BIXLER: When we looked at the age specific prevalence, based just on counting events...in other words just looking at the apnea/hypotnia index, we saw an increase with age in roughly a linear fashion. So, what other research studies found, we also found. When we looked at the clinically defined sleep apnea, in other words looking at the total clinical picture, rather than just counting events...we found an age distribution that peaked around age 55 and then began to decline. So, we began to look a little more carefully at what we were seeing here, to see if we could understand the data a little bit better, and when we eliminated the ‘central’ events from our index...in other words we looked at just the ‘obstructive’ apnea plus hypotnia and calculated an index based on that...we found that the age specific prevalence peaked around age 55 and then leveled off. Somewhat similar to the clinically defined sleep apnea. When we looked at the ‘central’ index, included ‘central’ apneas by the number of hours of sleep... this begins in middle age and increases with age. Now, we took this one step further, something that nobody has ever done before, and that is to look at severity. We measured severity of apnea in two ways, one is that there is usually a decrease in the oxygenation of the blood in response to an apnea. That is, when you stop breathing, the oxygen level in the blood drops. So, we looked at that as a measure of severity. We also looked at the number of events, or the apnea/hypotnia index, as a measure of severity. Now when we looked at those individuals that don’t have any apnea at all, we found that the oxygenation, or the saturation of oxygen in the blood, decreases slightly with age, which is kind of what you would expect. When you get older, you don’t function quite as well. When we began to look at various thresholds of the apnea/hypotnia index as a function of age, we found something very different. We found that severity decreased with age. That is, the most severe cases were in the young.

NEMA: So, what were the conclusions of these findings?

BIXLER: First of all, there appears to be two types of sleep apnea. One is basically age related, and this is perhaps being reflected by what we’re seeing in terms of ‘central’ apnea. Because this only begins in middle age and increases in the elderly. And the other type is more disease related. And this occurs more severely in the young, and if you think about this, there is an indication that sleep apnea does occur in families...suggesting perhaps genetic predisposition. So, what this may be suggesting is that the role of the genetic contribution has been underestimated, and the idea here is that those with a stronger genetic predisposition are going to express the disease younger and more severely. And those with the mildest predisposition are going to express it much later, and be extremely mild. The reason that we see this sort of peaking distribution in the clinical population can probably be explained by the fact that those who have the most severe disease, which occurs in the young, don’t survive. They’re dying of heart attacks due to hypertension or some other cardiovascular problem, and so those that we see that are elderly are more robust in some of these breathing problems, and are less vulnerable. So, the bottom line from this is that if someone has the symptoms of sleep apnea, and they’re young, this should be treated much more aggressively than in the older population. That’s not to say you shouldn’t treat the older population, it’s just that you should be more aggressive with the young.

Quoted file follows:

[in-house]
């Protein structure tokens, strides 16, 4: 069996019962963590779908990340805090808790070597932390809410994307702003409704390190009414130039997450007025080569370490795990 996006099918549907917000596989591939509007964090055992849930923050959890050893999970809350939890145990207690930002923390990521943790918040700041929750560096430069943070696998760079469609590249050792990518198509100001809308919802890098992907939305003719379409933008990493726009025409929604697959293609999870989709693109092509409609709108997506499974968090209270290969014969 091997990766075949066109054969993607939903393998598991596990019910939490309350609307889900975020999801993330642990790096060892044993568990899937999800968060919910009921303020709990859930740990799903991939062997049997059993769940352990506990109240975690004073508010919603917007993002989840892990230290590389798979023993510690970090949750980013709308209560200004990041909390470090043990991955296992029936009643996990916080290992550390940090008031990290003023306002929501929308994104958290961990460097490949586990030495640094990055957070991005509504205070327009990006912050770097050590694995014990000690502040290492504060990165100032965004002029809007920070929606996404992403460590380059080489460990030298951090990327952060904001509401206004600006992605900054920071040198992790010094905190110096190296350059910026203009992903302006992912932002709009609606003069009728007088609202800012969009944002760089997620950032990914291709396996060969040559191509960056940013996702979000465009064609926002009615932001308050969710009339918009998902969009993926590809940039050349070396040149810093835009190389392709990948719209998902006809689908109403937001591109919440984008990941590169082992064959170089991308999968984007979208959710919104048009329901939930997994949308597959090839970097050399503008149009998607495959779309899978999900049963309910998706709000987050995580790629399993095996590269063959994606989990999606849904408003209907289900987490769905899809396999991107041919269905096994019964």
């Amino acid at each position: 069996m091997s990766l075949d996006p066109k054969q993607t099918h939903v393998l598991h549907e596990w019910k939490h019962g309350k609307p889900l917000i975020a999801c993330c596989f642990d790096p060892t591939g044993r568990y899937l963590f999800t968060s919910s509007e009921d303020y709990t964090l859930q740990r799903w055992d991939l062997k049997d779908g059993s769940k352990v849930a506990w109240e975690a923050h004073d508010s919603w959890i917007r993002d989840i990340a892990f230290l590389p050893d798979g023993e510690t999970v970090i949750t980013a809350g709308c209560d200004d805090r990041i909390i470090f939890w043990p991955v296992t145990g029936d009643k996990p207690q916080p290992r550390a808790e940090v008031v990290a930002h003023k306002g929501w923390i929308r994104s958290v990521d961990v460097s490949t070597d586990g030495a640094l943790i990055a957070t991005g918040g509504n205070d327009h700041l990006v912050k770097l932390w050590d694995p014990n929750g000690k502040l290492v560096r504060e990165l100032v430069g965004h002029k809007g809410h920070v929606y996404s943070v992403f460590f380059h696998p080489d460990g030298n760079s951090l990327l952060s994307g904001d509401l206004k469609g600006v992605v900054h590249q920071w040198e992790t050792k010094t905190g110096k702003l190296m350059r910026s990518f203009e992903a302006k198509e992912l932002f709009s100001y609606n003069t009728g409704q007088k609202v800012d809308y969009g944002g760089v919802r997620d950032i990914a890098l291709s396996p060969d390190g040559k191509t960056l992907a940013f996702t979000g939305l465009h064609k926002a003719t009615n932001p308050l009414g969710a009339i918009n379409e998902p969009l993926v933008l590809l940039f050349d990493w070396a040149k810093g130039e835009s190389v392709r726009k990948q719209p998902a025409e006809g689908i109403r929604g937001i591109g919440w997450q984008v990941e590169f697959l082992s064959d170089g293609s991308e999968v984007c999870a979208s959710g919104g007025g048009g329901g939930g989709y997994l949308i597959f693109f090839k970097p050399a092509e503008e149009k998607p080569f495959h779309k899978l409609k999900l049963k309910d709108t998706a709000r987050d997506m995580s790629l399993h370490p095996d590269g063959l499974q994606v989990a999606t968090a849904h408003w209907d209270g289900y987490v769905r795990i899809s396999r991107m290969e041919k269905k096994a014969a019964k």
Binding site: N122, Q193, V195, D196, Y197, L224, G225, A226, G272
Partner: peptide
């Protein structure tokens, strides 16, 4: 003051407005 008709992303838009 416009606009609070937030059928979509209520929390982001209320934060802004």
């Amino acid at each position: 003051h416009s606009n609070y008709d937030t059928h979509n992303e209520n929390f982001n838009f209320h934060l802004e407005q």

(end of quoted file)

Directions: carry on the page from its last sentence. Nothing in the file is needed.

NEMA: A lot of people may not make the connection between having interrupted breathing or sleep patterns at night...and cardiovascular health....

BIXLER: And this is a problem. The presence of snoring....especially in the young, not so much in the older population, but especially in the young is a strong indicator of a possible contribution to hypertension. This is something that needs to be followed up very carefully with...a physician. If there’s any indication of breath cessation or daytime sleepiness then the person should clearly be evaluated at a sleep laboratory to make sure they don’t have sleep apnea. But even if they just have snoring, their blood pressure at a minimum should be monitored regularly. And physicians should be asking questions about people who snore, especially in the young.

NEMA: What can be done to help the younger sufferer of sleep apnea?

BIXLER: Usually what’s associated with sleep apnea is overweight, so one of the first-line treatments of sleep apnea is weight loss...and this is very effective. Unfortunately, it’s very difficult for some people to lose weight...and it’s difficult for many individuals to keep the weight off once they’ve lost it. The other treatment is called CPAP, or Continuous Positive Airway Pressure..where an individual who, when they go to bed, will place a mask over their face which keeps the lungs inflated and won’t allow them to collapse or obstruct. And this is extremely effective, but the problem with it is compliance, because people, once they start feeling better, they don’t want to put the mask on at night when they go to sleep.

NEMA: So losing weight is the biggest key to halting the sleep apnea condition?

BIXLER: If you lose weight, you will improve your...or you can eliminate the sleep apnea, and/or snoring...just by simply losing weight. So, weight is a factor for sleep apnea. Weight is also a direct factor for hypertension. Sleep apnea and overweight in combination is a stronger...you have a stronger risk for hypertension than just either one alone.

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about the National Emergency Medicine Association. I’m Steve Girard at The Heart of the Matter.